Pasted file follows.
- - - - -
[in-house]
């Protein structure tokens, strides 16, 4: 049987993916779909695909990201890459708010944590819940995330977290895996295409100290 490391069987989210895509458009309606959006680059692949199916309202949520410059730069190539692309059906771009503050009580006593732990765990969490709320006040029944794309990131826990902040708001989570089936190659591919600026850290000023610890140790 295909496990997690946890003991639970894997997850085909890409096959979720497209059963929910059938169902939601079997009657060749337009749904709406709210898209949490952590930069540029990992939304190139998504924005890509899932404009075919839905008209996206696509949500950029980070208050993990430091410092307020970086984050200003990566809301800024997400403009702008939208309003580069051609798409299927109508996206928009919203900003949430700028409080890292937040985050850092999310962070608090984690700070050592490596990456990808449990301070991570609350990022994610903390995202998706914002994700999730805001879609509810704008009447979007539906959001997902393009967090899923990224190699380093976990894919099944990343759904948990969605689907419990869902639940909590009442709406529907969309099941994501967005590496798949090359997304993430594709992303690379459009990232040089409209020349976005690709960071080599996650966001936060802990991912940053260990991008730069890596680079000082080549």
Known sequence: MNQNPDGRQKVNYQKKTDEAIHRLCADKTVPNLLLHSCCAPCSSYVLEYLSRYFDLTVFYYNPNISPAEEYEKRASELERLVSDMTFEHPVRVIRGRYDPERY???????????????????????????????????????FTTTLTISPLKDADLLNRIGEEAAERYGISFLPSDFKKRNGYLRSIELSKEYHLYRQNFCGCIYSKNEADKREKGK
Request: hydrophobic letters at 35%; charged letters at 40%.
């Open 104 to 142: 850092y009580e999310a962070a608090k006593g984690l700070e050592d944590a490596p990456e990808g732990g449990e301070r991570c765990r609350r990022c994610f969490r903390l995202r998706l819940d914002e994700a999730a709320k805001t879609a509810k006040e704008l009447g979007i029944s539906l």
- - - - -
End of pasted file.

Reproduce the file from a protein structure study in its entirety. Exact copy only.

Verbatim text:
[in-house]
């Protein structure tokens, strides 16, 4: 049987993916779909695909990201890459708010944590819940995330977290895996295409100290 490391069987989210895509458009309606959006680059692949199916309202949520410059730069190539692309059906771009503050009580006593732990765990969490709320006040029944794309990131826990902040708001989570089936190659591919600026850290000023610890140790 295909496990997690946890003991639970894997997850085909890409096959979720497209059963929910059938169902939601079997009657060749337009749904709406709210898209949490952590930069540029990992939304190139998504924005890509899932404009075919839905008209996206696509949500950029980070208050993990430091410092307020970086984050200003990566809301800024997400403009702008939208309003580069051609798409299927109508996206928009919203900003949430700028409080890292937040985050850092999310962070608090984690700070050592490596990456990808449990301070991570609350990022994610903390995202998706914002994700999730805001879609509810704008009447979007539906959001997902393009967090899923990224190699380093976990894919099944990343759904948990969605689907419990869902639940909590009442709406529907969309099941994501967005590496798949090359997304993430594709992303690379459009990232040089409209020349976005690709960071080599996650966001936060802990991912940053260990991008730069890596680079000082080549």
Known sequence: MNQNPDGRQKVNYQKKTDEAIHRLCADKTVPNLLLHSCCAPCSSYVLEYLSRYFDLTVFYYNPNISPAEEYEKRASELERLVSDMTFEHPVRVIRGRYDPERY???????????????????????????????????????FTTTLTISPLKDADLLNRIGEEAAERYGISFLPSDFKKRNGYLRSIELSKEYHLYRQNFCGCIYSKNEADKREKGK
Request: hydrophobic letters at 35%; charged letters at 40%.
């Open 104 to 142: 850092y009580e999310a962070a608090k006593g984690l700070e050592d944590a490596p990456e990808g732990g449990e301070r991570c765990r609350r990022c994610f969490r903390l995202r998706l819940d914002e994700a999730a709320k805001t879609a509810k006040e704008l009447g979007i029944s539906l």